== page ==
Aesthetics vs performance (business v multimedia v games) vs battery life vs extras vs cost

    I'd be willing to bet that would be extremely useful for a lot of people and widely cited across the net.

    Personally I ordered a Studio XPS 16 (820QM) almost a month ago and I'm still waiting for it so I'm sure it would take you a while to collect all the samples from the relevant companies... but it would be worth it IMO.
  • 5150Joker - Saturday, November 7, 2009 - link

    All the laptops you listed are junk. None of them can hold a candle to the Clevo W860CU and they aren't anymore aesthetically pleasing.

    HP Envy: overheating mac rip off that doesnt have an optical drive.

    Dell SXPS 16: gets so hot you can cook on it while using it. Say goodbye to your sperm count.

    Alienware m15x: competitor to the clevo series and fails. Overpriced, underperforming and poor quality control.

  • strikeback03 - Wednesday, October 14, 2009 - link

    Here's me posting my comment for the laptop makers to please offer better choices on LCDs. Its about time to replace my T43, am I really going to have to move from a matte IPS screen to something worse?
  • mac2j - Wednesday, October 14, 2009 - link

    Why compare a bunch of notebooks that no one buys? The total 2009 sales for every notebook in this article will be in the thousands.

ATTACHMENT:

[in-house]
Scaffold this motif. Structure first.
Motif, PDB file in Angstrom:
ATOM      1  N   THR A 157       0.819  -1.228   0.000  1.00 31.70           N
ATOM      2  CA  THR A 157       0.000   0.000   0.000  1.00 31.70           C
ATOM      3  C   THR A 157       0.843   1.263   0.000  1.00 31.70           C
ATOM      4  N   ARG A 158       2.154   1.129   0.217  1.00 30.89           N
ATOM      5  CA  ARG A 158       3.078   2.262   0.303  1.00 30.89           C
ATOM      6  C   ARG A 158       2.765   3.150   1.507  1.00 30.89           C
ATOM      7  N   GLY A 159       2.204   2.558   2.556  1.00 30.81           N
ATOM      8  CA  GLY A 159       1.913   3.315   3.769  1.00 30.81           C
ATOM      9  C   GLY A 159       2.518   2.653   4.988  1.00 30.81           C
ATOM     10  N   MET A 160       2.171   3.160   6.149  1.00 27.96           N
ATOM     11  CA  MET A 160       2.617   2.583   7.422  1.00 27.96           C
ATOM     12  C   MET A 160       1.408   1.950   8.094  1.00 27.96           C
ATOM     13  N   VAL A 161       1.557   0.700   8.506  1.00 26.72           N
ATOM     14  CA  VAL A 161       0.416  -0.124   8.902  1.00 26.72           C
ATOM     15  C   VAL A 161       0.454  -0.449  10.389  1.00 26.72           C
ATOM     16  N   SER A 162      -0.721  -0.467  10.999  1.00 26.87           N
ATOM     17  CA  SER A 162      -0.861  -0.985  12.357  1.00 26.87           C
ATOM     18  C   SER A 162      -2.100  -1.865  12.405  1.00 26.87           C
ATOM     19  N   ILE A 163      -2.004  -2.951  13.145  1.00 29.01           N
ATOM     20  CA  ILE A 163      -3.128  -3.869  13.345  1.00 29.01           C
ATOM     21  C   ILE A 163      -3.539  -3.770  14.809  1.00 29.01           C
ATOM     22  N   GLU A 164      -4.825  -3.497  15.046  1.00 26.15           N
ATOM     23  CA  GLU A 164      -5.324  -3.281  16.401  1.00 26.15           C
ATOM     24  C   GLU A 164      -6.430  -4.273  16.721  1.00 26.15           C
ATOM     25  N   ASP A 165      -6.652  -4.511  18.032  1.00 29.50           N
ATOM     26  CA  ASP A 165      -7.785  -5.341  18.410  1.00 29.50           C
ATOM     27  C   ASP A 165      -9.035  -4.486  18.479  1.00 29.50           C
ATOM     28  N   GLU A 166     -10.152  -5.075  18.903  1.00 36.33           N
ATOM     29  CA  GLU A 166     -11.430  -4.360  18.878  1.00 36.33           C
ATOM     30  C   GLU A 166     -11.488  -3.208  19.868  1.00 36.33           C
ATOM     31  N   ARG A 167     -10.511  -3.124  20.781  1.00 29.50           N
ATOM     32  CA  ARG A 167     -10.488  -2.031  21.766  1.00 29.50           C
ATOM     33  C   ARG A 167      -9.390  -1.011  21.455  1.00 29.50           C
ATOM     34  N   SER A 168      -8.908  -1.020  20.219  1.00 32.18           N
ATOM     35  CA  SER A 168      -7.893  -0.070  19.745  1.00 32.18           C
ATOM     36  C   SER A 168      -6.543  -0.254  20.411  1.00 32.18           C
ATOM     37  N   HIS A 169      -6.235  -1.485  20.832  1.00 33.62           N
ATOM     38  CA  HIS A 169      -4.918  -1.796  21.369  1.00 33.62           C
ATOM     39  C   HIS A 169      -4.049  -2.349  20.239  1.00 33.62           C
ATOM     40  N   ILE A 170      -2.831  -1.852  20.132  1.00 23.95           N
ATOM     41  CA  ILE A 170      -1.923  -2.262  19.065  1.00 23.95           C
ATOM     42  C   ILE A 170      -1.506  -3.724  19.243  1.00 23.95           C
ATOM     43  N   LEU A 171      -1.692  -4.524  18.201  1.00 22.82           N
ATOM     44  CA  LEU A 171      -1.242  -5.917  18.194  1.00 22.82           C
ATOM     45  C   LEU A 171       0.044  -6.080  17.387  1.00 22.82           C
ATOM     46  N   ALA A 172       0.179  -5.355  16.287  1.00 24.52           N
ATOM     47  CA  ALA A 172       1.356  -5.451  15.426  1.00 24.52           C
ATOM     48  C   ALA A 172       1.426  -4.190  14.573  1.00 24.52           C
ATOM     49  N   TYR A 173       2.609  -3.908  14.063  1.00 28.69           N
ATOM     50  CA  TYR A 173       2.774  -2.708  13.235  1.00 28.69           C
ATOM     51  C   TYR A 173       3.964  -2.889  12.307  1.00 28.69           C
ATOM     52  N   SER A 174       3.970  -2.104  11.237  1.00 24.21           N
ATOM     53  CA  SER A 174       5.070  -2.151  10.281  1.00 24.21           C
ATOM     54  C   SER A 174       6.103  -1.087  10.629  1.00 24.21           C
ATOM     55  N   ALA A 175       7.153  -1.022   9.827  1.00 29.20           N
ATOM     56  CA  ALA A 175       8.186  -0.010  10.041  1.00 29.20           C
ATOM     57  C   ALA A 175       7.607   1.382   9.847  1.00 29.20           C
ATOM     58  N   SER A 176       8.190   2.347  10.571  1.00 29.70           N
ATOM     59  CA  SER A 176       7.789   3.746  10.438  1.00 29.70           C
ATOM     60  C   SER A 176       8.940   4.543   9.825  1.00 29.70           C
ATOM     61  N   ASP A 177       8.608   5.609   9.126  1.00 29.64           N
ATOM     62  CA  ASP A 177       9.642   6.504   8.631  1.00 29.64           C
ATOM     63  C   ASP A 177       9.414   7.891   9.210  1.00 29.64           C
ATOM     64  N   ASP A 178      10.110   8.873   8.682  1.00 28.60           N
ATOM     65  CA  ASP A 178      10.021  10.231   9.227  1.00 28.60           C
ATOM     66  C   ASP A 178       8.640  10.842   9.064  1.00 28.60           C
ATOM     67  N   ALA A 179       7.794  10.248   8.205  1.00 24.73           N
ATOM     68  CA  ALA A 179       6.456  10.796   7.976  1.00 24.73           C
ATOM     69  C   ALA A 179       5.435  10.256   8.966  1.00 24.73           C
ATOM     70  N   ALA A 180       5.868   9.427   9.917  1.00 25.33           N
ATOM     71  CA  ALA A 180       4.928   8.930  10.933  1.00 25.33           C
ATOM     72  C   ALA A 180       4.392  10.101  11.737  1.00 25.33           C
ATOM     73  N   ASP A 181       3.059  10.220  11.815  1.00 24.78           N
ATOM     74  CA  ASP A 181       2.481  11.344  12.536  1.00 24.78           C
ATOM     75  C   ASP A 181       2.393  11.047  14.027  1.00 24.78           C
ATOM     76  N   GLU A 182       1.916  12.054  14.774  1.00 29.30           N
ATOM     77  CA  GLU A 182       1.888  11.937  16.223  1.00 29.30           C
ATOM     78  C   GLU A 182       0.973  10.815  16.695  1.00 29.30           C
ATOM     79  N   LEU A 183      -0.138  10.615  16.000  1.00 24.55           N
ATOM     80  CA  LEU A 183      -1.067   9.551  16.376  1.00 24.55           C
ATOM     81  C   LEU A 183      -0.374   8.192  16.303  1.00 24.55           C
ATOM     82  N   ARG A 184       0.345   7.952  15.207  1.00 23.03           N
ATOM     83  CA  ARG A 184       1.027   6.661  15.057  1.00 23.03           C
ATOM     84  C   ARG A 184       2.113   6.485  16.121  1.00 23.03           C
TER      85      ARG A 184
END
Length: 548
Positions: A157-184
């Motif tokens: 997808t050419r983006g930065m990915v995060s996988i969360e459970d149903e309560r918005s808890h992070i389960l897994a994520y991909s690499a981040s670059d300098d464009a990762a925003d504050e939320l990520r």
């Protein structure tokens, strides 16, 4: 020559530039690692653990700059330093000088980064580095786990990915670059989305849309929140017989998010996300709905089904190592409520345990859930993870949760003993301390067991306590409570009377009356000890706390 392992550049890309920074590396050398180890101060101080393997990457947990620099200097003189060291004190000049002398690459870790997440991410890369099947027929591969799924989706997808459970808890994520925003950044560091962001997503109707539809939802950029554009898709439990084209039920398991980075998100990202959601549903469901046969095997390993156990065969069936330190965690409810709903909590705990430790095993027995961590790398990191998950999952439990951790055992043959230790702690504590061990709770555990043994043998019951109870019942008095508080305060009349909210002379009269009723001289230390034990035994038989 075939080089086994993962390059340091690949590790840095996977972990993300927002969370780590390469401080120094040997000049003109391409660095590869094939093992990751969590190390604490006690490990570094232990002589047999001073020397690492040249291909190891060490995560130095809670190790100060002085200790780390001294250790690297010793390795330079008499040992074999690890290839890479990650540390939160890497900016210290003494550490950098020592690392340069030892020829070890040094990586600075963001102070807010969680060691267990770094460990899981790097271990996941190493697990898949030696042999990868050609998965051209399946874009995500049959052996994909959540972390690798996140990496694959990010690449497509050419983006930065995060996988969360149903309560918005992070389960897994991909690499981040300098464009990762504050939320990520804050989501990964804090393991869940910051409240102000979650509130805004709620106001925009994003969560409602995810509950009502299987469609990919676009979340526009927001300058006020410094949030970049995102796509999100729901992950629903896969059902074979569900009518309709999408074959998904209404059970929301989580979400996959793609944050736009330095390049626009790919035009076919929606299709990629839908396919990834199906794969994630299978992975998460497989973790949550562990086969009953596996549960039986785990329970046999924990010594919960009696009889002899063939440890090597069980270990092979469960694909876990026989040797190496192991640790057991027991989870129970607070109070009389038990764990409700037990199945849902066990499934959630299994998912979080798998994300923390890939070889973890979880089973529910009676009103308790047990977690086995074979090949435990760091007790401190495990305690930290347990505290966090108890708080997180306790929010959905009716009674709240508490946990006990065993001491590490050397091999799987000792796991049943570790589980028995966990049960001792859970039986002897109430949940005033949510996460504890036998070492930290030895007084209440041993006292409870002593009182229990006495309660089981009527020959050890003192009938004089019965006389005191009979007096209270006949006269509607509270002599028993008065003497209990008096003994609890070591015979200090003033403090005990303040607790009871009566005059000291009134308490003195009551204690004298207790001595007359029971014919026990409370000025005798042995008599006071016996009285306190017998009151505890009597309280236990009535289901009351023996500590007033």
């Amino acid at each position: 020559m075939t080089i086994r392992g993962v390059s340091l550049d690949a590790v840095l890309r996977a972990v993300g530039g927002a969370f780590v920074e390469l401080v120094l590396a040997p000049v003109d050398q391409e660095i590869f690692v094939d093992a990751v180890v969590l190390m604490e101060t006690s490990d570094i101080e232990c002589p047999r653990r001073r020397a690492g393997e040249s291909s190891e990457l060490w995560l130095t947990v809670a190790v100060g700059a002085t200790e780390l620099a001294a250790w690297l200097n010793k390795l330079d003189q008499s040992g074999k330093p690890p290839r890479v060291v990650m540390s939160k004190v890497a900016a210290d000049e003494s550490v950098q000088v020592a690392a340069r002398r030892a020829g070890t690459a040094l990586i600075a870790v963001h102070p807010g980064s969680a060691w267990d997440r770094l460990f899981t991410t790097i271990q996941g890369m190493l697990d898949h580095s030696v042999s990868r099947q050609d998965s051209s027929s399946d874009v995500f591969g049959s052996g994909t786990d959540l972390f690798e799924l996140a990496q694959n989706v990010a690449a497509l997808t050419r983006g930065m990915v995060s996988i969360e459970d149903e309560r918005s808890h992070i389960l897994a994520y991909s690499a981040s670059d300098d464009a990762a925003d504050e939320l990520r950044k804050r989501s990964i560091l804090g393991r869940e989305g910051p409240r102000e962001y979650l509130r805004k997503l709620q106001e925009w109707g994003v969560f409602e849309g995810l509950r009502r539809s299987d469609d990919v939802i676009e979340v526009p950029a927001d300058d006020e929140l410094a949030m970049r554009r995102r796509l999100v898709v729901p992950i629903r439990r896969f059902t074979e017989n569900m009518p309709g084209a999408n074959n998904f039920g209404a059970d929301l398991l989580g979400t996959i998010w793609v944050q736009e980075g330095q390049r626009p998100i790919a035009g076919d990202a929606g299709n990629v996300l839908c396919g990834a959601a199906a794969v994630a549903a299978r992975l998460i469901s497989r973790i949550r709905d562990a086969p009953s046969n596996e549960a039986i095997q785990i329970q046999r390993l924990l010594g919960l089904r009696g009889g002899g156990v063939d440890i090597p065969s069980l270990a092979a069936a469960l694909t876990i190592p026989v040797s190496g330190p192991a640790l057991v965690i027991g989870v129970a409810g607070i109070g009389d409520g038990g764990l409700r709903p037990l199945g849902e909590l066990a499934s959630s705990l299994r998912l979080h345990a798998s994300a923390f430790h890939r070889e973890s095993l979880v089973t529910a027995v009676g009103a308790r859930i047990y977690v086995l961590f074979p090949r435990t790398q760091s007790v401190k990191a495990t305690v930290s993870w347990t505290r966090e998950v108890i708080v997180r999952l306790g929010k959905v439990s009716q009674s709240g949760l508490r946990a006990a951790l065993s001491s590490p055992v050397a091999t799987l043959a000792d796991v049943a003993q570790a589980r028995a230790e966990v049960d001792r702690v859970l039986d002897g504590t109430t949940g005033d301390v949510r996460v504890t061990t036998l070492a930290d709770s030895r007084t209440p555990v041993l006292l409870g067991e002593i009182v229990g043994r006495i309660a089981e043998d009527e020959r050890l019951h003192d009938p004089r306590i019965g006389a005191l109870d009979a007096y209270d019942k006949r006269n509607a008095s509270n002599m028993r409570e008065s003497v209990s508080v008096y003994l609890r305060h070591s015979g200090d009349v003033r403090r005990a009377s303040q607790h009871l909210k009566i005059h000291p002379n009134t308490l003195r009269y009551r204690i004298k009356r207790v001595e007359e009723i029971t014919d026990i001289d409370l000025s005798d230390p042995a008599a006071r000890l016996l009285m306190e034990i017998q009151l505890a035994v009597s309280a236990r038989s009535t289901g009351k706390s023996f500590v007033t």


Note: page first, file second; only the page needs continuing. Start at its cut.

How about comparing high end notebooks people are actually (trying to) buy.

    HP Envy 15 vs Dell Studio XPS 16 vs Alienware M15x vs MSI Core i7s etc ....

    The choice of systems and the timing of this article makes it a useless waste of space.
  • TheQuestian - Tuesday, December 8, 2009 - link

  • 5150Joker - Saturday, November 7, 2009 - link

    Your post along with several others here is a waste of space.
  • GeorgeH - Wednesday, October 14, 2009 - link

    Super-CPU? Check.
    Super-GPU? Check.
    Super-HDs? Check.
    Super-RAM? Check.
    Super-LCD? Wait, what?

    The LCD situation on these laptops is ridiculous. The most important component in any laptop is the LCD screen, and the second is the chassis and keyboard - component specs come in a distant third.